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I'm trying to test detaching an entity from one context, making modifications to it, creating a new context, attaching it, and having the changes made between sessions persist. I don't seem to be able to get this working appropriately. I've tried calling DetectChanges as well as ApplyCurrentValues w/ no success. Below is what I've got so far. These aren't POCO's and I don't want to treat them as such. I just want to be able to detach an entity, make changes to it, and re-attach it. Thanks!

OCConsumer consumer;

using (var ctx1 = new CMSStagingContext())
{
    consumer = (from c in ctx1.OCConsumers
            select c).FirstOrDefault();

    Console.WriteLine("Retrieved {0} - {1} {2}",
        consumer.CustomerId, consumer.FirstName, consumer.LastName);

    ctx1.Detach(consumer);
}

consumer.BirthDate = "10/22/1981";

using (var ctx2 = new CMSStagingContext())
{
    ctx2.Attach(consumer);
    ctx2.ApplyCurrentValues("OCConsumers", consumer);
    ctx2.SaveChanges(System.Data.Objects.SaveOptions.DetectChangesBeforeSave | System.Data.Objects.SaveOptions.AcceptAllChangesAfterSave);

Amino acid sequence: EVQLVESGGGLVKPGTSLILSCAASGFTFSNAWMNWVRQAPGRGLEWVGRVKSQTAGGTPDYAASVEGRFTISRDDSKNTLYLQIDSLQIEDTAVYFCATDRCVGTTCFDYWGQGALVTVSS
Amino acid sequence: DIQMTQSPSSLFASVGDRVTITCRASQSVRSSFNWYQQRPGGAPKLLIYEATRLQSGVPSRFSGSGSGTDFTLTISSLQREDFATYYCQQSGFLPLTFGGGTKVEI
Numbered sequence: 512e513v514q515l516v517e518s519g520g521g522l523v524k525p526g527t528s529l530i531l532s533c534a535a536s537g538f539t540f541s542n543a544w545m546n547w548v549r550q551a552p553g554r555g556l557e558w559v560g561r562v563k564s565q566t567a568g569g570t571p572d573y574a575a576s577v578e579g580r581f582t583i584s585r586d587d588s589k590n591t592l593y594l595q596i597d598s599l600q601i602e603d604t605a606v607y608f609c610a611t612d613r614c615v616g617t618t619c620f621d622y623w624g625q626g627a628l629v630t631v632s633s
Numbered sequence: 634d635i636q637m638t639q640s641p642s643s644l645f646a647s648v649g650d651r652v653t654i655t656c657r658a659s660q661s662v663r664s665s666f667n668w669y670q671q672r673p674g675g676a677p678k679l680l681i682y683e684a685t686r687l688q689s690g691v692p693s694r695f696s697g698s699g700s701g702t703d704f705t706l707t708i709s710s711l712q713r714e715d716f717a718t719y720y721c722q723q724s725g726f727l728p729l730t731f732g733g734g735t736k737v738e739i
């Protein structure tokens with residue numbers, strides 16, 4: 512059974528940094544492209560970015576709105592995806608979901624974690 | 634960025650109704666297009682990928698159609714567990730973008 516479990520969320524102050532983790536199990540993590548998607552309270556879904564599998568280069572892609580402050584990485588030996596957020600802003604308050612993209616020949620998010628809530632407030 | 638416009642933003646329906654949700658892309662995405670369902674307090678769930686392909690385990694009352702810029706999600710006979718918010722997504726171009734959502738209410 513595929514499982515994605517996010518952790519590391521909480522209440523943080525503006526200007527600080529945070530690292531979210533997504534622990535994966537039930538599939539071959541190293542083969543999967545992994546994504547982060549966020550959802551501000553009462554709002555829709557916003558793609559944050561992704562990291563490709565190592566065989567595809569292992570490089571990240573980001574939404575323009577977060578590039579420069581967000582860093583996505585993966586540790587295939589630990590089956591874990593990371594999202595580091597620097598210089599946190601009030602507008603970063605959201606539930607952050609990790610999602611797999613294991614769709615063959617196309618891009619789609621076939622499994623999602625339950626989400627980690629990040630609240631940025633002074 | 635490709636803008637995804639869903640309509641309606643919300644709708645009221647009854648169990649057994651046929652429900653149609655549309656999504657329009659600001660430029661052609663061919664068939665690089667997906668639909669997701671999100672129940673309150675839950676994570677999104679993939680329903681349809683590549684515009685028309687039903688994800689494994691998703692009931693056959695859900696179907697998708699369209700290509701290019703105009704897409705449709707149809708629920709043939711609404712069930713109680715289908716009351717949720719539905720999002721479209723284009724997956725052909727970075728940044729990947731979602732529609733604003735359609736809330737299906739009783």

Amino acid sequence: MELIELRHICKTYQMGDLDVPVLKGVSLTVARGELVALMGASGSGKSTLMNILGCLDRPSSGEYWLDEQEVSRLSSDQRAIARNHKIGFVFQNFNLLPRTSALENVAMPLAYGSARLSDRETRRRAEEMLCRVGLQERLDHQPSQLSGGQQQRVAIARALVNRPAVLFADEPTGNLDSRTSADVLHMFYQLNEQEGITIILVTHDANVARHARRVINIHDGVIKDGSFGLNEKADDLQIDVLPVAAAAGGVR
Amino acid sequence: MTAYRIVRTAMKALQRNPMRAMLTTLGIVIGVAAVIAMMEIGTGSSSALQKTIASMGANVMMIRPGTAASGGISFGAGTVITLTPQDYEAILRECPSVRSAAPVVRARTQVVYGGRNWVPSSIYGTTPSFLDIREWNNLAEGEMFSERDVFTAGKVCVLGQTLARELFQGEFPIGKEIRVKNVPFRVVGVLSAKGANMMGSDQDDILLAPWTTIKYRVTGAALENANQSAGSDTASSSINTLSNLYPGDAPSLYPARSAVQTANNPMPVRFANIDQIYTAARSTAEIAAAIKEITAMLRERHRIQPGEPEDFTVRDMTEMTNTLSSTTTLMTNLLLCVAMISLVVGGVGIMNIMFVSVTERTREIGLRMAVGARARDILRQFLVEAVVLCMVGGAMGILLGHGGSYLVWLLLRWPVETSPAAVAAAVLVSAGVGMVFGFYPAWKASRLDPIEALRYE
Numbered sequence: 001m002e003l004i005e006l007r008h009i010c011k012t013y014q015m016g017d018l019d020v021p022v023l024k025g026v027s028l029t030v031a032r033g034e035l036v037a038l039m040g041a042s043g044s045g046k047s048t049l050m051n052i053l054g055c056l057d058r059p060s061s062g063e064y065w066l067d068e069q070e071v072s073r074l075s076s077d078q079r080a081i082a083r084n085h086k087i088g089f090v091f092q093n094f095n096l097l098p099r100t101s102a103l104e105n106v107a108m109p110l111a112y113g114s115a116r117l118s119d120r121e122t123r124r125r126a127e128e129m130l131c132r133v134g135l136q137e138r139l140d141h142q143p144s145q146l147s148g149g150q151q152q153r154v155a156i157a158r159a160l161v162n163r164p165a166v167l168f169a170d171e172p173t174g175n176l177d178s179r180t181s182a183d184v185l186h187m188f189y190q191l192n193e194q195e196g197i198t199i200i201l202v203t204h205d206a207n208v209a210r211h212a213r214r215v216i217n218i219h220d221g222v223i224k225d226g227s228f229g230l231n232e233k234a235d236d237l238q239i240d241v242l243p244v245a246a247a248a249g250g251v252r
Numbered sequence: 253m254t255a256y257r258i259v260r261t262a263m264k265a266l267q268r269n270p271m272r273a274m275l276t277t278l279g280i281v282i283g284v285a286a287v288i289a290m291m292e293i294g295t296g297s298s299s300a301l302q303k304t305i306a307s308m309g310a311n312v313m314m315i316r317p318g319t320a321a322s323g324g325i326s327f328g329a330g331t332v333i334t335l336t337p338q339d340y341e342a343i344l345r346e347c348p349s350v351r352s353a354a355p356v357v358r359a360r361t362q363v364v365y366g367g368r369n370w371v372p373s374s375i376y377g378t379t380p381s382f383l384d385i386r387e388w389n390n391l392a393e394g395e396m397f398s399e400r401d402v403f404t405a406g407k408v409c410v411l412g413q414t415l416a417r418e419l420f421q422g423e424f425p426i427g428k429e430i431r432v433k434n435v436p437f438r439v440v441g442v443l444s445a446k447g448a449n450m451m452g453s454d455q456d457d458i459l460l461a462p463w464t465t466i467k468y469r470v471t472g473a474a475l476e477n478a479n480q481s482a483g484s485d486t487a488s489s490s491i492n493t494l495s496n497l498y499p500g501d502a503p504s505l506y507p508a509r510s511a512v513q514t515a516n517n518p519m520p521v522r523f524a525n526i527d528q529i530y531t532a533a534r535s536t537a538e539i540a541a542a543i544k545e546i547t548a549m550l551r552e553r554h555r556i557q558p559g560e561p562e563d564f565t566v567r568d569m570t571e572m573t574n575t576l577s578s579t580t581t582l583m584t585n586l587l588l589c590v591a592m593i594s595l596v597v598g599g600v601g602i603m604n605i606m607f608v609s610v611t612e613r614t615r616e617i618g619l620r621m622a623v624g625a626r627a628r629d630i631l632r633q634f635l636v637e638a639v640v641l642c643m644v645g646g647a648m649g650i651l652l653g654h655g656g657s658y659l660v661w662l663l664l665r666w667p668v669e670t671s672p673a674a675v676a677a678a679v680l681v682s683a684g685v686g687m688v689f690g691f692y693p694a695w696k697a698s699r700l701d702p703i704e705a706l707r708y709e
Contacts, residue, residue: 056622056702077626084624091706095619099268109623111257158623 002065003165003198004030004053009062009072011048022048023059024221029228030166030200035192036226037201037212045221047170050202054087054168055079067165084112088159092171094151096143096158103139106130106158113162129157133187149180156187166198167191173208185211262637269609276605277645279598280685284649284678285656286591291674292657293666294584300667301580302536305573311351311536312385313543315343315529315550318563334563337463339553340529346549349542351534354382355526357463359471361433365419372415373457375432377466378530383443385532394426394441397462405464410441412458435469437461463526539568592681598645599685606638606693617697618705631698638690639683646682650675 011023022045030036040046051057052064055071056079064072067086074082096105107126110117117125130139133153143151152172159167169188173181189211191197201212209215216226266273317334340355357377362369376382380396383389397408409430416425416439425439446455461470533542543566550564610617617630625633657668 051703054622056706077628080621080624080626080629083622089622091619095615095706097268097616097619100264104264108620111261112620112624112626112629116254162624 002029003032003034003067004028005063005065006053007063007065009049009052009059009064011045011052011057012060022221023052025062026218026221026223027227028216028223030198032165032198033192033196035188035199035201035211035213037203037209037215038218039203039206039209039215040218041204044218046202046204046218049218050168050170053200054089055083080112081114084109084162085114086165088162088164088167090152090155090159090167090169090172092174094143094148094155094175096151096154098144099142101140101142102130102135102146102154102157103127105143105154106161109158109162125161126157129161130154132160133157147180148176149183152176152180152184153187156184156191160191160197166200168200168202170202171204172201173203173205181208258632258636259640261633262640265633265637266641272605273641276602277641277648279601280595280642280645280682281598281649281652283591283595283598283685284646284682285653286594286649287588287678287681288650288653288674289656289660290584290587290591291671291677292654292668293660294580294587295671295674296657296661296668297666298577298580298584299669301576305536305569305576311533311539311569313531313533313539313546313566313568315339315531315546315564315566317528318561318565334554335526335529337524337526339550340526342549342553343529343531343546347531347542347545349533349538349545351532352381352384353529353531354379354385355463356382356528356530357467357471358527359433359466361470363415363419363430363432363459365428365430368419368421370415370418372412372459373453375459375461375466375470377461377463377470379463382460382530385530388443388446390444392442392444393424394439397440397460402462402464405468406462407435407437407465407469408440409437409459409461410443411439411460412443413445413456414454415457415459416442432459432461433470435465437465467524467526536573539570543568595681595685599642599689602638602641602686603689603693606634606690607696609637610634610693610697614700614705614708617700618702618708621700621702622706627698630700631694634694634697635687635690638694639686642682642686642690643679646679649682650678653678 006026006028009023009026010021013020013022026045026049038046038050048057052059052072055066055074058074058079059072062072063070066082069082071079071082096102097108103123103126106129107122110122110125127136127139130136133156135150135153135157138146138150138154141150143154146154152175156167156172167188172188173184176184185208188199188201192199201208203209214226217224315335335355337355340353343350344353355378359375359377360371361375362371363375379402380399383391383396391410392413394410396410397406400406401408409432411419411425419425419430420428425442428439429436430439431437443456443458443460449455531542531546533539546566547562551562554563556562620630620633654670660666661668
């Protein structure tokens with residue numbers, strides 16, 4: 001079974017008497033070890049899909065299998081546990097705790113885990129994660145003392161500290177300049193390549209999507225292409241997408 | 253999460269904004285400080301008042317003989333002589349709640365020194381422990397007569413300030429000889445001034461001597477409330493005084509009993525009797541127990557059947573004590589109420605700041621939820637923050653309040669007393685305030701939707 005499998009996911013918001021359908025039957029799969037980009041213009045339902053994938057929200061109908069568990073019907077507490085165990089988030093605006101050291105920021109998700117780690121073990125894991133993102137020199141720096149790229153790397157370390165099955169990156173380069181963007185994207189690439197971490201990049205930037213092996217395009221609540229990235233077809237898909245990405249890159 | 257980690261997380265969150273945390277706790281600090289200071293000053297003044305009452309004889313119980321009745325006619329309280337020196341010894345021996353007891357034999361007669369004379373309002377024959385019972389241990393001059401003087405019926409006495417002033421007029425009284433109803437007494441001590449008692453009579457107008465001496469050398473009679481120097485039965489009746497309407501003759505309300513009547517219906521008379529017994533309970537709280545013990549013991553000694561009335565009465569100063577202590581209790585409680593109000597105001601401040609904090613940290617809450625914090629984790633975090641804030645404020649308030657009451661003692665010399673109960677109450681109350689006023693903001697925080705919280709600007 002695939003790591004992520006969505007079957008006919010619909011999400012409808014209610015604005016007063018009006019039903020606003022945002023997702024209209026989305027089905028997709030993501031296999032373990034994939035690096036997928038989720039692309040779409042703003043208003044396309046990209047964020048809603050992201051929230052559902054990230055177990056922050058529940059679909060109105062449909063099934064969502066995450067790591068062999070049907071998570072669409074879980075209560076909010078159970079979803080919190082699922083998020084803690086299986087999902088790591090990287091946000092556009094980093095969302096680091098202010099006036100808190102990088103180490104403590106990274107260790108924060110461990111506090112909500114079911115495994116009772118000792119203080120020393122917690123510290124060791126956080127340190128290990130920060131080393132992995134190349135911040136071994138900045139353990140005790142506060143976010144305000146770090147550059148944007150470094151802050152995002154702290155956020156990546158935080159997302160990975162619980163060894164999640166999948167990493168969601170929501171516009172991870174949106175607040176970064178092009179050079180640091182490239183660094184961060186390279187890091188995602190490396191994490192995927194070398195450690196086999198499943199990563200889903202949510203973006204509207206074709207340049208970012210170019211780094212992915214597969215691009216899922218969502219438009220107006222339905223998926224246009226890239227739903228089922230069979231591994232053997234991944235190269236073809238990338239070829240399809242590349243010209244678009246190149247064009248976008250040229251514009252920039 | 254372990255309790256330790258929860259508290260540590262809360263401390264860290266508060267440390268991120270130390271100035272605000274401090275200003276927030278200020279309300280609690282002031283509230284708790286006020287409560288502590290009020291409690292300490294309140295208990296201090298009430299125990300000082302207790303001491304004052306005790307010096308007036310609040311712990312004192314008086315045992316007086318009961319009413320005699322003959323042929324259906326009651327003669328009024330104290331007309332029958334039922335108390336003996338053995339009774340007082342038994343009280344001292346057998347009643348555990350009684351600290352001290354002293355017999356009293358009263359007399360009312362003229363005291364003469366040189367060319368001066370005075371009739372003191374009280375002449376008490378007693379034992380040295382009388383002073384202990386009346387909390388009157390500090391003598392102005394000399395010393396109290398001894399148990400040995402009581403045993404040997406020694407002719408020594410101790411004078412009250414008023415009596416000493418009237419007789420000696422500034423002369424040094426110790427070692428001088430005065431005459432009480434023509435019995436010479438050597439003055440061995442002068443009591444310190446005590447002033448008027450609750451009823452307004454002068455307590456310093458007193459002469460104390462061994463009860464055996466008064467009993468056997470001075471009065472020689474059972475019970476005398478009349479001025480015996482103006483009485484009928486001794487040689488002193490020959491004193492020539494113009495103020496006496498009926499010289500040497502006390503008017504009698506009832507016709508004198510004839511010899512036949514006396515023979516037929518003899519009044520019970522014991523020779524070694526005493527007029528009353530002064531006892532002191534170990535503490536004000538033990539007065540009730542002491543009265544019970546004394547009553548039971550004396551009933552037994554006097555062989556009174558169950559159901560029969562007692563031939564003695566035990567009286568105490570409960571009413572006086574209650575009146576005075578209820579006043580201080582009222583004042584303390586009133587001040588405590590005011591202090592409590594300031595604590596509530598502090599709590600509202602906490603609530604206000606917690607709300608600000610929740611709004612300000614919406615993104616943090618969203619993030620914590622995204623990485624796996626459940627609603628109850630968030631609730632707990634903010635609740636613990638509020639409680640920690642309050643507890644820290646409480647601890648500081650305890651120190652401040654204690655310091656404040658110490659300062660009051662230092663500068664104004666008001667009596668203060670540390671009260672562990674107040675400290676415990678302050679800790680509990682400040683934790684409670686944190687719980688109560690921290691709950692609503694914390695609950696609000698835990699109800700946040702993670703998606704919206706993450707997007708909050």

}
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1 Answer 1

up vote 1 down vote accepted

When you attach an object to a context, the context is going to presume that the object is unmodified, unless you tell it otherwise. The simplest way to do this is to attach the object to the context first, then modify it. So you could change your code to:

OCConsumer consumer;

using (var ctx1 = new CMSStagingContext())
{
    consumer = (from c in ctx1.OCConsumers
            select c).FirstOrDefault();

    Console.WriteLine("Retrieved {0} - {1} {2}",
        consumer.CustomerId, consumer.FirstName, consumer.LastName);

    ctx1.Detach(consumer);
}

using (var ctx2 = new CMSStagingContext())
{
    ctx2.Attach(consumer);
    consumer.BirthDate = "10/22/1981";
    ctx2.SaveChanges(System.Data.Objects.SaveOptions.DetectChangesBeforeSave | System.Data.Objects.SaveOptions.AcceptAllChangesAfterSave);
}

Another approach would be to use Context.ObjectStateManager.ChangeObjectState.

share|improve this answer
    
I was under the impression that DetectChanges in EF4 was supposed to do exactly this? –  James Alexander Jan 25 '10 at 21:48
    
It detects changes vs. the old version of the object in the context. Which, in your case, is one and the same. See: msdn.microsoft.com/en-us/library/dd456854(VS.100).aspx –  Craig Stuntz Jan 26 '10 at 1:02

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